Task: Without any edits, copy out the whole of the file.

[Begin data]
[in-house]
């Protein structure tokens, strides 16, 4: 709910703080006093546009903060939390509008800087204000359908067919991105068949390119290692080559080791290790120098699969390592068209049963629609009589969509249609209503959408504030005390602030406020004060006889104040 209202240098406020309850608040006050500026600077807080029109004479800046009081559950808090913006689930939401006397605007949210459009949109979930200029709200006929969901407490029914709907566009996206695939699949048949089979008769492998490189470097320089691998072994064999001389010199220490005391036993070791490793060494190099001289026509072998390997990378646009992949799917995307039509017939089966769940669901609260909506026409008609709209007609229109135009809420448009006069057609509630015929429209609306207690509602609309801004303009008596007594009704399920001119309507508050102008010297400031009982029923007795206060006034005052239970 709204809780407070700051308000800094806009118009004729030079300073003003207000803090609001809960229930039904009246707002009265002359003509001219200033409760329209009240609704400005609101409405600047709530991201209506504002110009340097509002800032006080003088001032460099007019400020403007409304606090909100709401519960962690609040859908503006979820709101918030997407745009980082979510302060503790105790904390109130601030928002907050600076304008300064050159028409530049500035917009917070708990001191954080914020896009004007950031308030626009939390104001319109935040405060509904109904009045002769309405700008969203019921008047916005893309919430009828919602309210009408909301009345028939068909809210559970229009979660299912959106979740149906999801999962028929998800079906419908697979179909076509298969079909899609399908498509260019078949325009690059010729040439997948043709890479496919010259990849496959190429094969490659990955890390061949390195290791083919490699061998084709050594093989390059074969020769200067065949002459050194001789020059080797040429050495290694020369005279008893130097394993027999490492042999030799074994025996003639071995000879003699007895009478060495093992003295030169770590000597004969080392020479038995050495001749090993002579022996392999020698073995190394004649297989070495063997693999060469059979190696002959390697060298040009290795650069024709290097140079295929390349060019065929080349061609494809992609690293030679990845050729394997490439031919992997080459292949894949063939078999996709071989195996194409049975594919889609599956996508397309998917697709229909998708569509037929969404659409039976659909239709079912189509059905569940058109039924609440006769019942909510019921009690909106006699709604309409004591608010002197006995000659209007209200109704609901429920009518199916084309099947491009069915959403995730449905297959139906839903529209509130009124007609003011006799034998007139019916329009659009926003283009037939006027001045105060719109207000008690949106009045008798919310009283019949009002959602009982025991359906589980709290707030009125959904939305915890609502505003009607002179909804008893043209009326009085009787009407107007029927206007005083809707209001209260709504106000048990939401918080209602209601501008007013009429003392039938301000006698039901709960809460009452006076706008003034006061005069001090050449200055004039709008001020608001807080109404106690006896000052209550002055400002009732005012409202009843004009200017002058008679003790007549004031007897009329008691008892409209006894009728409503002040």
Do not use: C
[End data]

[in-house]
């Protein structure tokens, strides 16, 4: 709910703080006093546009903060939390509008800087204000359908067919991105068949390119290692080559080791290790120098699969390592068209049963629609009589969509249609209503959408504030005390602030406020004060006889104040 209202240098406020309850608040006050500026600077807080029109004479800046009081559950808090913006689930939401006397605007949210459009949109979930200029709200006929969901407490029914709907566009996206695939699949048949089979008769492998490189470097320089691998072994064999001389010199220490005391036993070791490793060494190099001289026509072998390997990378646009992949799917995307039509017939089966769940669901609260909506026409008609709209007609229109135009809420448009006069057609509630015929429209609306207690509602609309801004303009008596007594009704399920001119309507508050102008010297400031009982029923007795206060006034005052239970 709204809780407070700051308000800094806009118009004729030079300073003003207000803090609001809960229930039904009246707002009265002359003509001219200033409760329209009240609704400005609101409405600047709530991201209506504002110009340097509002800032006080003088001032460099007019400020403007409304606090909100709401519960962690609040859908503006979820709101918030997407745009980082979510302060503790105790904390109130601030928002907050600076304008300064050159028409530049500035917009917070708990001191954080914020896009004007950031308030626009939390104001319109935040405060509904109904009045002769309405700008969203019921008047916005893309919430009828919602309210009408909301009345028939068909809210559970229009979660299912959106979740149906999801999962028929998800079906419908697979179909076509298969079909899609399908498509260019078949325009690059010729040439997948043709890479496919010259990849496959190429094969490659990955890390061949390195290791083919490699061998084709050594093989390059074969020769200067065949002459050194001789020059080797040429050495290694020369005279008893130097394993027999490492042999030799074994025996003639071995000879003699007895009478060495093992003295030169770590000597004969080392020479038995050495001749090993002579022996392999020698073995190394004649297989070495063997693999060469059979190696002959390697060298040009290795650069024709290097140079295929390349060019065929080349061609494809992609690293030679990845050729394997490439031919992997080459292949894949063939078999996709071989195996194409049975594919889609599956996508397309998917697709229909998708569509037929969404659409039976659909239709079912189509059905569940058109039924609440006769019942909510019921009690909106006699709604309409004591608010002197006995000659209007209200109704609901429920009518199916084309099947491009069915959403995730449905297959139906839903529209509130009124007609003011006799034998007139019916329009659009926003283009037939006027001045105060719109207000008690949106009045008798919310009283019949009002959602009982025991359906589980709290707030009125959904939305915890609502505003009607002179909804008893043209009326009085009787009407107007029927206007005083809707209001209260709504106000048990939401918080209602209601501008007013009429003392039938301000006698039901709960809460009452006076706008003034006061005069001090050449200055004039709008001020608001807080109404106690006896000052209550002055400002009732005012409202009843004009200017002058008679003790007549004031007897009329008691008892409209006894009728409503002040």
Do not use: C